Almost every month, Provincial Court Judge Herman Seidemann III and court clerks, sheriffs, probation officers and a prosecutor fly by floatplane from Prince Rupert to Masset to hold court. In Haida Gwaii they are joined by criminal and family duty counsel, lawyers provided by the Legal Services Society who fly in from Vancouver. Other lawyers arrive from Prince Rupert and elsewhere in the province. The floatplanes used are so small that it takes two flights to transport the full court party. And they are sometimes grounded by weather for up to several days, either delaying the start of the circuit or the court party’s return home.
Judge and court staff heading home after waiting a day for weather
The Provincial Court sits in Haida Gwaii for ten weeks a year, conducting criminal, family and small claims trials and family and civil case conferences, and for an additional two weeks reserved for long trials. Masset is fortunate to have a courthouse building housing the court facility, with full registry, courtroom, cells, Crown counsel and probation offices, as well as other government offices. Matters arising on northern Graham Island are dealt with in the Masset court.
During the week the court staff also drives from Masset to Queen Charlotte City to hold court in a purpose-built room in the back of the Government Agent’s offices. The Queen Charlotte list includes matters arising in Queen Charlotte, Sandspit, Tlell, Skidegate, and Moresby Island. The court schedule is adjusted to accommodate court participants travelling by ferry between Moresby and Graham Islands.
The Haida First Nation has a very active restorative justice program. A coordinator from the program is present in court in both Queen Charlotte and Masset. The RCMP is making a concerted effort to forge cooperative relations with the community and the Bands. It refers most minor matters for alternative measures (a program where, if the individual accepts responsibility for the crime and makes amends to the community, the matter is dealt with outside court). When a person performs community service as part of a sentence or alternative measures program it often includes providing traditional foods to elders, or providing First Nations art for community functions.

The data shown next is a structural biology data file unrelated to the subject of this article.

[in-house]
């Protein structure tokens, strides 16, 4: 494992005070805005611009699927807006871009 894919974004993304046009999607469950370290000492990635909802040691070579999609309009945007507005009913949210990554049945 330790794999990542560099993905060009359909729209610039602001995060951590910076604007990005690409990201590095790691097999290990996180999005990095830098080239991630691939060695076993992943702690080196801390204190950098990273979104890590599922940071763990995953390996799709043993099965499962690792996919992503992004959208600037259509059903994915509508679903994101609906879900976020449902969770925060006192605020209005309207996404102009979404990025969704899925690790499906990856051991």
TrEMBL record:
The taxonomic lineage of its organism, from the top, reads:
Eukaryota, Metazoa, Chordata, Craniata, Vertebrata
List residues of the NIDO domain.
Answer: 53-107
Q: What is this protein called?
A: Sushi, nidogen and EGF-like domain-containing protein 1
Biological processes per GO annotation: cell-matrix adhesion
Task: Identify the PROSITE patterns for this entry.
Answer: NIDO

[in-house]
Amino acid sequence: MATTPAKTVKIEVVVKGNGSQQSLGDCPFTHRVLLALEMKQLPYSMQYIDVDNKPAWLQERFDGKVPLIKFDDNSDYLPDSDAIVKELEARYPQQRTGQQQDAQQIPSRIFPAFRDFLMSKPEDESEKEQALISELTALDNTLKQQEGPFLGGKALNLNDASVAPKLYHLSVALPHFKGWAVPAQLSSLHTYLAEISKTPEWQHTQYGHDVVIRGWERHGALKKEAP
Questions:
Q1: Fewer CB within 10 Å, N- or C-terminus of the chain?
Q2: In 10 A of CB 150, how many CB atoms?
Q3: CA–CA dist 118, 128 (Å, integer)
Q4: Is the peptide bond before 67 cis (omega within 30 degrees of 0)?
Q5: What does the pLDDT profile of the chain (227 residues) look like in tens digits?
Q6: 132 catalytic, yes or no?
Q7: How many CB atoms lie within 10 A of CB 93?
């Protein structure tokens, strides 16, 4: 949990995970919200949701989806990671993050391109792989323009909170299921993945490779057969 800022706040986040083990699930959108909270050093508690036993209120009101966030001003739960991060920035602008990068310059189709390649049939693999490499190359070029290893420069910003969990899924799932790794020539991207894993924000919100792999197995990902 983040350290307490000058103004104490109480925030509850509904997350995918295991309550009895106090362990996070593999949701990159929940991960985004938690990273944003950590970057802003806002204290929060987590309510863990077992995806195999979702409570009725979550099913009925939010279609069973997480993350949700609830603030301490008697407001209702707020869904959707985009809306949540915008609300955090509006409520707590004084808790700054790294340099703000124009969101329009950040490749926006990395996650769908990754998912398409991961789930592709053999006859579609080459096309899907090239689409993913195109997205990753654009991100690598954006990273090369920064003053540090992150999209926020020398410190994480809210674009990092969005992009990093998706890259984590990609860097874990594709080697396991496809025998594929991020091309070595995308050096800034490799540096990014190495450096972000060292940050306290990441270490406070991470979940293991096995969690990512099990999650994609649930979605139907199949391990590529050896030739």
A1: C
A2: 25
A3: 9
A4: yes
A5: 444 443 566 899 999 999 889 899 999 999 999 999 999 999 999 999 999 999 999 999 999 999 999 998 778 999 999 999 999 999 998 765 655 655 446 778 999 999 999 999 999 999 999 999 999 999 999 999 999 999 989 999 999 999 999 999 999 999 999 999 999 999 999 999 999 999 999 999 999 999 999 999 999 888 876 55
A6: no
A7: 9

With almost four decades’ experience as a lawyer and judge on Haida Gwaii, Judge Seidemann is familiar with the community, its problems, and its resources. He appreciates the community’s active involvement in its court. The gallery of the courtroom is often full of observers for decisions or contentious sentencing hearings. The community newspaper reports details of the results of every circuit sitting. And once, a drug trafficker was given a conditional sentence (a jail sentence served in the community) with a curfew. When he stayed out past his curfew, it only took four minutes for a local citizen to report his breach!